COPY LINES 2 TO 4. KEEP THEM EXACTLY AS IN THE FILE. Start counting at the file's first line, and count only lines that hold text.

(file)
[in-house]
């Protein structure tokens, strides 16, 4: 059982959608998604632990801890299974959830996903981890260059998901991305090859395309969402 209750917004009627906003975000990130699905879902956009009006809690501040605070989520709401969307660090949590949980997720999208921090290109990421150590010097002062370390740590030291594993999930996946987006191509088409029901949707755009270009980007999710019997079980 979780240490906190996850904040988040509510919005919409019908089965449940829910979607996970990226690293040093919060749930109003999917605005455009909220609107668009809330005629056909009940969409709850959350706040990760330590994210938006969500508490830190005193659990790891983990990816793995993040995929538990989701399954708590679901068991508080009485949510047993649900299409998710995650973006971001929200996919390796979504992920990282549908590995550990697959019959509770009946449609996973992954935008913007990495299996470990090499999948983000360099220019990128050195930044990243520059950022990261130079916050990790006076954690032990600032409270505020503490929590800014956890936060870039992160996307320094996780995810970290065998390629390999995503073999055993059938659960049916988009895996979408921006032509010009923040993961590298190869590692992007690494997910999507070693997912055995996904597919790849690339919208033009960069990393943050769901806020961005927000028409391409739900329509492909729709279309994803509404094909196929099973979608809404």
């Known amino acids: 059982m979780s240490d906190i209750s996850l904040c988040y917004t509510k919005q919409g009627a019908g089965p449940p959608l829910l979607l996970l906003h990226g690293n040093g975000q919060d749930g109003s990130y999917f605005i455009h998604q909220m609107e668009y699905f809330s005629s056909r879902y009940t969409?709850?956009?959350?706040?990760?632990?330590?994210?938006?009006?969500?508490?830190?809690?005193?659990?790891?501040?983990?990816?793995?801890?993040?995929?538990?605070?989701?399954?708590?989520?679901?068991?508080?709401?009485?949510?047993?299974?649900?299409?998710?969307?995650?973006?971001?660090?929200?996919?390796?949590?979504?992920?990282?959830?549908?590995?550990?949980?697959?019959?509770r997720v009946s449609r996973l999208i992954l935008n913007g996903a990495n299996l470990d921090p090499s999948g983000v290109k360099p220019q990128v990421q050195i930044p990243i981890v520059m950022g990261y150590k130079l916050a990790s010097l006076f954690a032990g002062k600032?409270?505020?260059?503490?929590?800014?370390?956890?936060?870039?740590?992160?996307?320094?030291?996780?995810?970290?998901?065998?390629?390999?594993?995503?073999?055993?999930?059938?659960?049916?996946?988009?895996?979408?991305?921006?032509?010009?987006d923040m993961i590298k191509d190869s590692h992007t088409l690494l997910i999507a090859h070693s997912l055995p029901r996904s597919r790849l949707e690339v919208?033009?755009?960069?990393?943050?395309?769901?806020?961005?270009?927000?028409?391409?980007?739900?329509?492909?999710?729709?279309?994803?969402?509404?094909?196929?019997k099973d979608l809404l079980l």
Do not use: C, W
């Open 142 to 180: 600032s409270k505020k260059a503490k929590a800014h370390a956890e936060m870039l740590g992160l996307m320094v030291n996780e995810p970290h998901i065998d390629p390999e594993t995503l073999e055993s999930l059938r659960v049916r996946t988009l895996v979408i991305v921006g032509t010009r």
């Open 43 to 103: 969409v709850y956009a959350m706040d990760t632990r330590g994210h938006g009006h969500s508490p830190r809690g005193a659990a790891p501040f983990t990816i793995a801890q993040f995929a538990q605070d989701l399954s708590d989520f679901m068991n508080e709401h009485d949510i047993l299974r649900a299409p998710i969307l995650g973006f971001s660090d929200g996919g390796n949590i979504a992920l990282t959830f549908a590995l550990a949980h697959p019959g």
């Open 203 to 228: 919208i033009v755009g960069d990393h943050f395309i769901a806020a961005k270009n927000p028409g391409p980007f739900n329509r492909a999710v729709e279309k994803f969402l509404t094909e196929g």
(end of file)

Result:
């Protein structure tokens, strides 16, 4: 059982959608998604632990801890299974959830996903981890260059998901991305090859395309969402 209750917004009627906003975000990130699905879902956009009006809690501040605070989520709401969307660090949590949980997720999208921090290109990421150590010097002062370390740590030291594993999930996946987006191509088409029901949707755009270009980007999710019997079980 979780240490906190996850904040988040509510919005919409019908089965449940829910979607996970990226690293040093919060749930109003999917605005455009909220609107668009809330005629056909009940969409709850959350706040990760330590994210938006969500508490830190005193659990790891983990990816793995993040995929538990989701399954708590679901068991508080009485949510047993649900299409998710995650973006971001929200996919390796979504992920990282549908590995550990697959019959509770009946449609996973992954935008913007990495299996470990090499999948983000360099220019990128050195930044990243520059950022990261130079916050990790006076954690032990600032409270505020503490929590800014956890936060870039992160996307320094996780995810970290065998390629390999995503073999055993059938659960049916988009895996979408921006032509010009923040993961590298190869590692992007690494997910999507070693997912055995996904597919790849690339919208033009960069990393943050769901806020961005927000028409391409739900329509492909729709279309994803509404094909196929099973979608809404």
């Known amino acids: 059982m979780s240490d906190i209750s996850l904040c988040y917004t509510k919005q919409g009627a019908g089965p449940p959608l829910l979607l996970l906003h990226g690293n040093g975000q919060d749930g109003s990130y999917f605005i455009h998604q909220m609107e668009y699905f809330s005629s056909r879902y009940t969409?709850?956009?959350?706040?990760?632990?330590?994210?938006?009006?969500?508490?830190?809690?005193?659990?790891?501040?983990?990816?793995?801890?993040?995929?538990?605070?989701?399954?708590?989520?679901?068991?508080?709401?009485?949510?047993?299974?649900?299409?998710?969307?995650?973006?971001?660090?929200?996919?390796?949590?979504?992920?990282?959830?549908?590995?550990?949980?697959?019959?509770r997720v009946s449609r996973l999208i992954l935008n913007g996903a990495n299996l470990d921090p090499s999948g983000v290109k360099p220019q990128v990421q050195i930044p990243i981890v520059m950022g990261y150590k130079l916050a990790s010097l006076f954690a032990g002062k600032?409270?505020?260059?503490?929590?800014?370390?956890?936060?870039?740590?992160?996307?320094?030291?996780?995810?970290?998901?065998?390629?390999?594993?995503?073999?055993?999930?059938?659960?049916?996946?988009?895996?979408?991305?921006?032509?010009?987006d923040m993961i590298k191509d190869s590692h992007t088409l690494l997910i999507a090859h070693s997912l055995p029901r996904s597919r790849l949707e690339v919208?033009?755009?960069?990393?943050?395309?769901?806020?961005?270009?927000?028409?391409?980007?739900?329509?492909?999710?729709?279309?994803?969402?509404?094909?196929?019997k099973d979608l809404l079980l």
Do not use: C, W